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Reflection of the Key Aspects of Curriculum in the Newly Revised Secondary School Curriculum of English and other

content of courses. Due to the ever changing society, both local and international, it is needed to select from the abundance of generated knowledge and skills. There is need to remain current by replacing content that may be outdated, there is need to ensure quality as well as quantity, i.e., how much to cover on a particular course. 3.4 Evaluation and Assessment: Continuous assessment and final examination: In order to measure the success of curriculum there should be continuous assessment throughout the course as well as final examination at the end of the course.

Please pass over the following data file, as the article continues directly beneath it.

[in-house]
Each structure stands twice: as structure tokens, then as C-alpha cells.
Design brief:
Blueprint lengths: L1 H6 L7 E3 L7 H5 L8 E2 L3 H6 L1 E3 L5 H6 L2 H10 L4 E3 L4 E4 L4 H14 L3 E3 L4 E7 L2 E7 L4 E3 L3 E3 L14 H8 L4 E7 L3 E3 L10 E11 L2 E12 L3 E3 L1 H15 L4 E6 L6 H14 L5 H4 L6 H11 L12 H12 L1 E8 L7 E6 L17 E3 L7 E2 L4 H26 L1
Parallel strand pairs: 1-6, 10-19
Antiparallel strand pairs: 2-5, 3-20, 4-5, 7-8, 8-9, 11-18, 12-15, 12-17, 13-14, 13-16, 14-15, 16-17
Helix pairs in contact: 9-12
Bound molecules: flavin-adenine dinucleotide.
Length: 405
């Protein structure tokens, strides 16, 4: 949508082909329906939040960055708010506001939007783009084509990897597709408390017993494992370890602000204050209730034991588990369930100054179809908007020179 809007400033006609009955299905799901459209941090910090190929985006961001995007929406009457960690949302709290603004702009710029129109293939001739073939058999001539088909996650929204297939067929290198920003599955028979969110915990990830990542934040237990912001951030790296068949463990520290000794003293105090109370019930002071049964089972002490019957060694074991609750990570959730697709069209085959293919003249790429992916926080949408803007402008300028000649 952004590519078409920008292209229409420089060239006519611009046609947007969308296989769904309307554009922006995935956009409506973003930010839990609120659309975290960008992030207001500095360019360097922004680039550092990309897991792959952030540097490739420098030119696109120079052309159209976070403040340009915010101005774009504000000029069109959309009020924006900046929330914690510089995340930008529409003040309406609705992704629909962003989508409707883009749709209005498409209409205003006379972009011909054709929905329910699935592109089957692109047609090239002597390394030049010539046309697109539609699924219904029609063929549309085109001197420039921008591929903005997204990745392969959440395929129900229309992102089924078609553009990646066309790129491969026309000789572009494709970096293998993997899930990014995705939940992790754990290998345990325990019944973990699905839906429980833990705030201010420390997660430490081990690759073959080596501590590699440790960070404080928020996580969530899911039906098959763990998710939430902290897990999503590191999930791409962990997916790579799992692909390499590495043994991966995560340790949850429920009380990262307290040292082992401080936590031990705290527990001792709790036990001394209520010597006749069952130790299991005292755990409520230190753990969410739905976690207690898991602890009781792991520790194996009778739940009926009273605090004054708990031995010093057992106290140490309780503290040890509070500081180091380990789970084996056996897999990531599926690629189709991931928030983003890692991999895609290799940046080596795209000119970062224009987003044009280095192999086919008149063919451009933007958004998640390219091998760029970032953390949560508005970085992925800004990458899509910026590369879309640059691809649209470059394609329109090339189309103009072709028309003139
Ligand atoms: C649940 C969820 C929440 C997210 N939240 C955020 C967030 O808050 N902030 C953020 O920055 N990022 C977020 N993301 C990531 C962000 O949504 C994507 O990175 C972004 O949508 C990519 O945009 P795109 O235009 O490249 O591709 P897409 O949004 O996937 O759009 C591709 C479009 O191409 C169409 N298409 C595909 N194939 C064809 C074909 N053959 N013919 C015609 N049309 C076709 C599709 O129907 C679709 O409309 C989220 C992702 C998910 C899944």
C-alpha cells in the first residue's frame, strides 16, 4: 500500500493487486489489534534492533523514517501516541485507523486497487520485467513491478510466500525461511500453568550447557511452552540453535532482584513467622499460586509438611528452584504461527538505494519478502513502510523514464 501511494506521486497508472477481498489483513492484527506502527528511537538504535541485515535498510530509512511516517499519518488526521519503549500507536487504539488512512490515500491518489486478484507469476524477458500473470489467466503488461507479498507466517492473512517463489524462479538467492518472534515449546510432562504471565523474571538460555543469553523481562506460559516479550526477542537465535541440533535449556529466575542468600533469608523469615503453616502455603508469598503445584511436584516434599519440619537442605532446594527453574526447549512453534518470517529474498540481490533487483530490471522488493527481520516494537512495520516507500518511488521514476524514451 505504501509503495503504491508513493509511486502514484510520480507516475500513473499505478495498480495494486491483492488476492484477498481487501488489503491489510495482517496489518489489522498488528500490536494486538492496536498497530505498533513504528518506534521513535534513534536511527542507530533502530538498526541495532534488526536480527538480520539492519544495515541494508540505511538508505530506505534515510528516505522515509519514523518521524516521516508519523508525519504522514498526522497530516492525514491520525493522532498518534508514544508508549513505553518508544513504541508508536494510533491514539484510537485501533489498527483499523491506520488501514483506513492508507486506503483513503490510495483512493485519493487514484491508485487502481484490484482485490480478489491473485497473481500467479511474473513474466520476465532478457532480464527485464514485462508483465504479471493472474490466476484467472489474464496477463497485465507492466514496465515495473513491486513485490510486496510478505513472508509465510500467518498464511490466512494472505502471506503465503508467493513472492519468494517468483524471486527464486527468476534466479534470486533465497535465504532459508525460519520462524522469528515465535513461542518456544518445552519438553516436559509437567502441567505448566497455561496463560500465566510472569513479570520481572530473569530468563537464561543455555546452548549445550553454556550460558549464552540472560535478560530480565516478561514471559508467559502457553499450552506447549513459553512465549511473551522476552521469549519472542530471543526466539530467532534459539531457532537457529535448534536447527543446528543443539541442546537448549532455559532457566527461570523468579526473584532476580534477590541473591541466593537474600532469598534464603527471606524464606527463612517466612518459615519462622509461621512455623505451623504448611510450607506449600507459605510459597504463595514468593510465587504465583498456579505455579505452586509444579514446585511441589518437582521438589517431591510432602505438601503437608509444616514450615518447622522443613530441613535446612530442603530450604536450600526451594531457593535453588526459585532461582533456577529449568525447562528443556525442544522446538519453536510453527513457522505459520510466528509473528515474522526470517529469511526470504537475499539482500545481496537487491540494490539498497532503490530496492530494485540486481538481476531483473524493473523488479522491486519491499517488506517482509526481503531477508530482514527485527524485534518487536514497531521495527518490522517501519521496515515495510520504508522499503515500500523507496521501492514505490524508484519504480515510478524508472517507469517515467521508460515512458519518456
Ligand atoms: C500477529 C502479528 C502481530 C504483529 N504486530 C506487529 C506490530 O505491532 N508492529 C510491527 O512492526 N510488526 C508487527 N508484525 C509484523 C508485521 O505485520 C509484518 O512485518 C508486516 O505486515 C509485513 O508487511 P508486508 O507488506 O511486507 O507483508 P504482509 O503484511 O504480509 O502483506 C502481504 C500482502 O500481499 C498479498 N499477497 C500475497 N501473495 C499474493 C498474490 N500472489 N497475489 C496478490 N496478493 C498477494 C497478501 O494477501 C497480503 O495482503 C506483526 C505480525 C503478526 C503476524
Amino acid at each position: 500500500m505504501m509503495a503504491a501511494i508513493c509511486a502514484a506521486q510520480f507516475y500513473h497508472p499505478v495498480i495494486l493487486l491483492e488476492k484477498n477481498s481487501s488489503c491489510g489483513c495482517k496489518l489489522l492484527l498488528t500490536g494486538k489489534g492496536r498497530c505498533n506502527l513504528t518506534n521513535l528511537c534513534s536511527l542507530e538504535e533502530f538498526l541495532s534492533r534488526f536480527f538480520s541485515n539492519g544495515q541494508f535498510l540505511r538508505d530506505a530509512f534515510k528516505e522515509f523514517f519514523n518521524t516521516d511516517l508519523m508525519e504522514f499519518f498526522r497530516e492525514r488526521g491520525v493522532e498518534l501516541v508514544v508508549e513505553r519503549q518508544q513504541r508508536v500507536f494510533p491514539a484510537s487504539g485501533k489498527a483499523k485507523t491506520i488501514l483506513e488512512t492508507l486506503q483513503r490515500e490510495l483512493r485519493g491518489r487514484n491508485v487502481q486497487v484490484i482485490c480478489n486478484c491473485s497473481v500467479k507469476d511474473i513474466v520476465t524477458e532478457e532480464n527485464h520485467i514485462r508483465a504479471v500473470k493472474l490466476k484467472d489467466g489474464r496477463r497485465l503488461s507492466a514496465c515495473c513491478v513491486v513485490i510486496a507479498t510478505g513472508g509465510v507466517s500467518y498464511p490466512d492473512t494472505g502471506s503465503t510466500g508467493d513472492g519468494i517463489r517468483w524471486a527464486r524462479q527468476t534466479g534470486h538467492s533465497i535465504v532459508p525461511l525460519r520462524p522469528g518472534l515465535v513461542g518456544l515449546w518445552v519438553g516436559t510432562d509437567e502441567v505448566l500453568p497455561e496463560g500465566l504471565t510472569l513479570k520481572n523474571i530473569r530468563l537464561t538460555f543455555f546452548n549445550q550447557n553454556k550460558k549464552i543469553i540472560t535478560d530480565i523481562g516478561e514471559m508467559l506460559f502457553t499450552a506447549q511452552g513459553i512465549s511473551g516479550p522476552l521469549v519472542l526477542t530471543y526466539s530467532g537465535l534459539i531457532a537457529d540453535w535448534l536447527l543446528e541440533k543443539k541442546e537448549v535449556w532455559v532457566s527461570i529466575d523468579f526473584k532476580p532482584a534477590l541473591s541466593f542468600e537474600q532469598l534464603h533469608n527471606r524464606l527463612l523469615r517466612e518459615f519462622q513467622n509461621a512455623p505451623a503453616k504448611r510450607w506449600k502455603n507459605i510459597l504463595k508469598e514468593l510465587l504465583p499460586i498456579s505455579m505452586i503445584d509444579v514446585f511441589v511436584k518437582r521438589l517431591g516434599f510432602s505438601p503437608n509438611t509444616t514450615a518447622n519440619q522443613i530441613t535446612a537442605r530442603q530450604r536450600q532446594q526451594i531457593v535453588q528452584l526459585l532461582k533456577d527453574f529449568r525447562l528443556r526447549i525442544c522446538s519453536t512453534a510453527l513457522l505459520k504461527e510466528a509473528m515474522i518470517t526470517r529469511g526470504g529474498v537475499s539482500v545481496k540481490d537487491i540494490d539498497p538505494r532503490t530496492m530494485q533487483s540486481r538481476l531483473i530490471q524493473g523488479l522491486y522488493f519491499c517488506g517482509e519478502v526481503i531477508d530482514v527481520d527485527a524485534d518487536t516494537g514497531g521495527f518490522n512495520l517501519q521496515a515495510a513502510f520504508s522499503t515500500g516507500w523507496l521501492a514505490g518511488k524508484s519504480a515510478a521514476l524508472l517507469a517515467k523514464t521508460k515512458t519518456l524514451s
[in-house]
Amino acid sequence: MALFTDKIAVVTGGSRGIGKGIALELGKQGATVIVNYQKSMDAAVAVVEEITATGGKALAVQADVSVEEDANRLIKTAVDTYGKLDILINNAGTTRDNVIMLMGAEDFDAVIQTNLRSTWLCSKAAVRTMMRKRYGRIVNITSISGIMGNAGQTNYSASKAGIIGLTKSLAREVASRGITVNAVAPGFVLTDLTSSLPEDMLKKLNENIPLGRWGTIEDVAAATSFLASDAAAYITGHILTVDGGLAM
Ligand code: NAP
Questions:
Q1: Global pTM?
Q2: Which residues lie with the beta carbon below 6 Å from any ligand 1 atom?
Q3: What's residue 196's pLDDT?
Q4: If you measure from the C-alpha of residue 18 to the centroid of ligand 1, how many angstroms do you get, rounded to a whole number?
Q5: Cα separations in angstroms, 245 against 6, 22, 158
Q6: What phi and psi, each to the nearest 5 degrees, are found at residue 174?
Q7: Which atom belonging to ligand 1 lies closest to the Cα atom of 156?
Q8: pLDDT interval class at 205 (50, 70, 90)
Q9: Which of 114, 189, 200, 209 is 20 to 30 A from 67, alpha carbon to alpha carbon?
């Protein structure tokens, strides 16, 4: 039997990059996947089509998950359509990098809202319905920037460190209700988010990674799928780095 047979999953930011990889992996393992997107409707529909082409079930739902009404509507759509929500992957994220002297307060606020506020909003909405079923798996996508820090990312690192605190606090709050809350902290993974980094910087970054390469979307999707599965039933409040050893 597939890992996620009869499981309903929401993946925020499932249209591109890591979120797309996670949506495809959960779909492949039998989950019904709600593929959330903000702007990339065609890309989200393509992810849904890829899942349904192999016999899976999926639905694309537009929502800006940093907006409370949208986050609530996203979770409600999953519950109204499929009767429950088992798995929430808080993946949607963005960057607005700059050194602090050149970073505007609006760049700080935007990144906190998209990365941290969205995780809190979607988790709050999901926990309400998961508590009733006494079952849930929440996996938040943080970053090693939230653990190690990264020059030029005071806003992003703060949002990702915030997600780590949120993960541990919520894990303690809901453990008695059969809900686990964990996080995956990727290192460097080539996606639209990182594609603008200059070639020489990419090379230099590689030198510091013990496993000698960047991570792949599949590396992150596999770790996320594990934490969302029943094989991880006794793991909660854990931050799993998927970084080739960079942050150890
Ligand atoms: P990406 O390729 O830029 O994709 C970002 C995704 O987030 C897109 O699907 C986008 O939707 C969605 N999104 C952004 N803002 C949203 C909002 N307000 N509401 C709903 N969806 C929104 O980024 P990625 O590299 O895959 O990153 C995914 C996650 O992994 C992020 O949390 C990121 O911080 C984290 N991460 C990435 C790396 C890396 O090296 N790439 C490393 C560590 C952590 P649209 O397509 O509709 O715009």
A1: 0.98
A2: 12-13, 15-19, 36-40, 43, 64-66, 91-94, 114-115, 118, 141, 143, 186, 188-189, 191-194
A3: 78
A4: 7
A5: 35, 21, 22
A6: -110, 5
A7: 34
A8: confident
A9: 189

IV.

Education in Bangladesh